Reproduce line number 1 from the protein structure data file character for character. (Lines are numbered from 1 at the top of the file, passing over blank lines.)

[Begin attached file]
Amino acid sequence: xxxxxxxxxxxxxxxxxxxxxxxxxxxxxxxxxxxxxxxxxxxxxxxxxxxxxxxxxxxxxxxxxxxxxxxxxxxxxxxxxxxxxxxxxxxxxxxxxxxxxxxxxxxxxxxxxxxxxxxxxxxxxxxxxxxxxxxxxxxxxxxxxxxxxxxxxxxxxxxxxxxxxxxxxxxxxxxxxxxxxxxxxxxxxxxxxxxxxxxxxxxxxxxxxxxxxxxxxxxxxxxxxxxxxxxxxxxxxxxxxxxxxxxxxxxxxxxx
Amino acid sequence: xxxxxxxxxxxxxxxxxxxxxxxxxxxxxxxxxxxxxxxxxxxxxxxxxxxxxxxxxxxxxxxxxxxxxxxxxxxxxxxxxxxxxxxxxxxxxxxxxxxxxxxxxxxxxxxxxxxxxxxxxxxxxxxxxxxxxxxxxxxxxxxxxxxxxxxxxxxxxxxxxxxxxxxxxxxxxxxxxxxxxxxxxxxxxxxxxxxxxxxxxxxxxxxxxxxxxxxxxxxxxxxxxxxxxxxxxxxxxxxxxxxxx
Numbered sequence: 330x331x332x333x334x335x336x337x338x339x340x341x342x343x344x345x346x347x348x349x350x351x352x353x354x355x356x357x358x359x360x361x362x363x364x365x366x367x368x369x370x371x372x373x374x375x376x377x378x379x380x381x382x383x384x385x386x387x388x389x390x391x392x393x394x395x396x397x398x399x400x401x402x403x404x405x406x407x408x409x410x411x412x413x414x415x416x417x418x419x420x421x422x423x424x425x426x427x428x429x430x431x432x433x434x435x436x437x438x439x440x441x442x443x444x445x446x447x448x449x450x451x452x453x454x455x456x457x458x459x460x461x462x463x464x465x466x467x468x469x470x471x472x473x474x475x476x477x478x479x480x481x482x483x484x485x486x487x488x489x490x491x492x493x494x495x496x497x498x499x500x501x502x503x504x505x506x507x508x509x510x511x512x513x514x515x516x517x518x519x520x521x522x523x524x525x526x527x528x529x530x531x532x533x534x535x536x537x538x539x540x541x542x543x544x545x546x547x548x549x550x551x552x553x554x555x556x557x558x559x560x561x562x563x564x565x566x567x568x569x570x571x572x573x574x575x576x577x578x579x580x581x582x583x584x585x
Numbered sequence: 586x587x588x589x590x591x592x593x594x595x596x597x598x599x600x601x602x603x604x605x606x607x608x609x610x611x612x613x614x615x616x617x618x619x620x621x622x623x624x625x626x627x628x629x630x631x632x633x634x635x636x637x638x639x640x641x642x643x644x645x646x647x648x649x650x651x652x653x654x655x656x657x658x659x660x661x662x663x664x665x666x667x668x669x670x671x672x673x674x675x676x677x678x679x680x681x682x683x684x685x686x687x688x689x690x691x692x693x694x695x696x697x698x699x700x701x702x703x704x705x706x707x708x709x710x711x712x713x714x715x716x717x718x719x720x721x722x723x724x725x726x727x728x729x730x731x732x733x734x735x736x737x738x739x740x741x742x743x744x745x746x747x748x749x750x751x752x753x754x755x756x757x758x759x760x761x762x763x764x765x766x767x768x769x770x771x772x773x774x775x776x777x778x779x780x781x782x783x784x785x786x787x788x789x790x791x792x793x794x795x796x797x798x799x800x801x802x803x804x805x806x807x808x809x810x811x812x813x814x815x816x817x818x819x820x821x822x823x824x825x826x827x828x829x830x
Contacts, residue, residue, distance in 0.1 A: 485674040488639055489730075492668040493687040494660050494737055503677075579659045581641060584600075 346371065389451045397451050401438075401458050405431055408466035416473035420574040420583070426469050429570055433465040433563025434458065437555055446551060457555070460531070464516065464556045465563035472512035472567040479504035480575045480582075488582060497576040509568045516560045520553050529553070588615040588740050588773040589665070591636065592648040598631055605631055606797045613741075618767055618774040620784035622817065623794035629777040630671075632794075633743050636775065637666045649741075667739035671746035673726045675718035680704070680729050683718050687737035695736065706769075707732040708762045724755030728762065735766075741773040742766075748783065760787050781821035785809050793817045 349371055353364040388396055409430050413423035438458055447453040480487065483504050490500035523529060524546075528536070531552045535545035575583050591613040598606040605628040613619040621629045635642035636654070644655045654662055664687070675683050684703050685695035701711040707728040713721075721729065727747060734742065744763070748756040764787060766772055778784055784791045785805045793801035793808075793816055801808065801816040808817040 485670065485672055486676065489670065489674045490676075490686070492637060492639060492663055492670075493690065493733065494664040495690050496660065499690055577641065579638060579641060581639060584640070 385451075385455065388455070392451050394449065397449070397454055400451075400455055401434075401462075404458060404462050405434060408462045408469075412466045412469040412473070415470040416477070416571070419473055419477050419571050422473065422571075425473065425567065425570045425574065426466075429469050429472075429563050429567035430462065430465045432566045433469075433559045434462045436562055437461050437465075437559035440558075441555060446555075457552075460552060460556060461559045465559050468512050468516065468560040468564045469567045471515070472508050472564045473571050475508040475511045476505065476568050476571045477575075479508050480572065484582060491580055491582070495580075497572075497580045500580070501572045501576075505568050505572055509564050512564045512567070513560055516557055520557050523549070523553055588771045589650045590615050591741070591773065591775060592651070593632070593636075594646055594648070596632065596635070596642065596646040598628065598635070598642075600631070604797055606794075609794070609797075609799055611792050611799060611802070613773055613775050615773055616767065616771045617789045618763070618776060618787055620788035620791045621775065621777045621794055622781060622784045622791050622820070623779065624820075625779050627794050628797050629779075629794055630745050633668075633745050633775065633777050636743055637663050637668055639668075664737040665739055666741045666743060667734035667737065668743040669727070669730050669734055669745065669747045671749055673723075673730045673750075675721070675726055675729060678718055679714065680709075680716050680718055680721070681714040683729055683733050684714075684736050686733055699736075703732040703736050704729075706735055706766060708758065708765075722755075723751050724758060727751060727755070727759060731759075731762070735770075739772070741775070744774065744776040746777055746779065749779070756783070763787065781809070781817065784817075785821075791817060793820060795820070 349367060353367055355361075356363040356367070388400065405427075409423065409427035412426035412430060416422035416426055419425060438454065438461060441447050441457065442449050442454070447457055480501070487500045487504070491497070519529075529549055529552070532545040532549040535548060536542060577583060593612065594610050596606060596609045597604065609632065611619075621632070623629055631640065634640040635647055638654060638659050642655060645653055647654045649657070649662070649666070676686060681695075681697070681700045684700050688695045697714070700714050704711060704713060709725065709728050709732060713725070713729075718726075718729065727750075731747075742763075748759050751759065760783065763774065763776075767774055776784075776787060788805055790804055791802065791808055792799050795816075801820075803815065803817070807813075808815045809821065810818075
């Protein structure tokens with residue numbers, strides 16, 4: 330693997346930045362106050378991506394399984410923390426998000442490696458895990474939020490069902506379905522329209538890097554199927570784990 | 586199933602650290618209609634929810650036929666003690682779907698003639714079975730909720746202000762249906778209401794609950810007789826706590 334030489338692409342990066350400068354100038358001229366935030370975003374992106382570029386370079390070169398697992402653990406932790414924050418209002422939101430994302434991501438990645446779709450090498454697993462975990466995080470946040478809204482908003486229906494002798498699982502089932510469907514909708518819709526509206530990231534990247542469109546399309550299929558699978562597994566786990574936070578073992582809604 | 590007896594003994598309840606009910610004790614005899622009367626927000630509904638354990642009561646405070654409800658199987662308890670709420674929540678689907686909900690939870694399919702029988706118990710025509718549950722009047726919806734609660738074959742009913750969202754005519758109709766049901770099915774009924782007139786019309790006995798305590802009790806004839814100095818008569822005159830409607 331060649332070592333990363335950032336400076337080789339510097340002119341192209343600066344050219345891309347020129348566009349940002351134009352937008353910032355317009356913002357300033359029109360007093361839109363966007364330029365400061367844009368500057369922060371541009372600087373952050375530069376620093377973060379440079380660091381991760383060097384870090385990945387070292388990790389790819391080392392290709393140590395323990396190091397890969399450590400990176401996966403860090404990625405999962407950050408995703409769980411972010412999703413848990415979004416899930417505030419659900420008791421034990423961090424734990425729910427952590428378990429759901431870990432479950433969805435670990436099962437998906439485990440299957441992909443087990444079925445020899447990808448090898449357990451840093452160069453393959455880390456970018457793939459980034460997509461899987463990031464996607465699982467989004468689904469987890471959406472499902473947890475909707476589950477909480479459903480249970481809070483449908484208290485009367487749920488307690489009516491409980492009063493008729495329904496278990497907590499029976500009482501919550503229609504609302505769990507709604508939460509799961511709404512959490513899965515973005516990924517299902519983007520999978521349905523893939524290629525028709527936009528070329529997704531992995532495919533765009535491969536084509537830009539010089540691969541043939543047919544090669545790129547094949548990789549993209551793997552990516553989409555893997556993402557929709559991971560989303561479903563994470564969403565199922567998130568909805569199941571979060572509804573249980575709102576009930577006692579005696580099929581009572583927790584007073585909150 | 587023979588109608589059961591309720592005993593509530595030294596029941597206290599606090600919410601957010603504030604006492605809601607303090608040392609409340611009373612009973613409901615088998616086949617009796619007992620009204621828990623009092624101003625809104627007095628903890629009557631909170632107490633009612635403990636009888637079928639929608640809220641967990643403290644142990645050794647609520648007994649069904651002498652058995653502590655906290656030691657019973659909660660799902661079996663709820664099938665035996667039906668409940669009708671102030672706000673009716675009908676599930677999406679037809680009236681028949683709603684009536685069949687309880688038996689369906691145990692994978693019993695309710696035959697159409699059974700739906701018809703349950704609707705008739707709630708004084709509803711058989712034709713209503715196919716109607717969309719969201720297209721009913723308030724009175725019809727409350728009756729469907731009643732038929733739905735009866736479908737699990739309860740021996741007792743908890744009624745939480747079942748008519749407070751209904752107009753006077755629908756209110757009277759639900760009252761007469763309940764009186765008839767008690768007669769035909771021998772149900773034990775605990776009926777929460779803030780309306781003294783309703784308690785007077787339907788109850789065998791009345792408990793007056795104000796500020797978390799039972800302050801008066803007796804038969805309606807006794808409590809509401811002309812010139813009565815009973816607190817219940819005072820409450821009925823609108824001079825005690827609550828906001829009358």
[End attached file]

Amino acid sequence: xxxxxxxxxxxxxxxxxxxxxxxxxxxxxxxxxxxxxxxxxxxxxxxxxxxxxxxxxxxxxxxxxxxxxxxxxxxxxxxxxxxxxxxxxxxxxxxxxxxxxxxxxxxxxxxxxxxxxxxxxxxxxxxxxxxxxxxxxxxxxxxxxxxxxxxxxxxxxxxxxxxxxxxxxxxxxxxxxxxxxxxxxxxxxxxxxxxxxxxxxxxxxxxxxxxxxxxxxxxxxxxxxxxxxxxxxxxxxxxxxxxxxxxxxxxxxxxx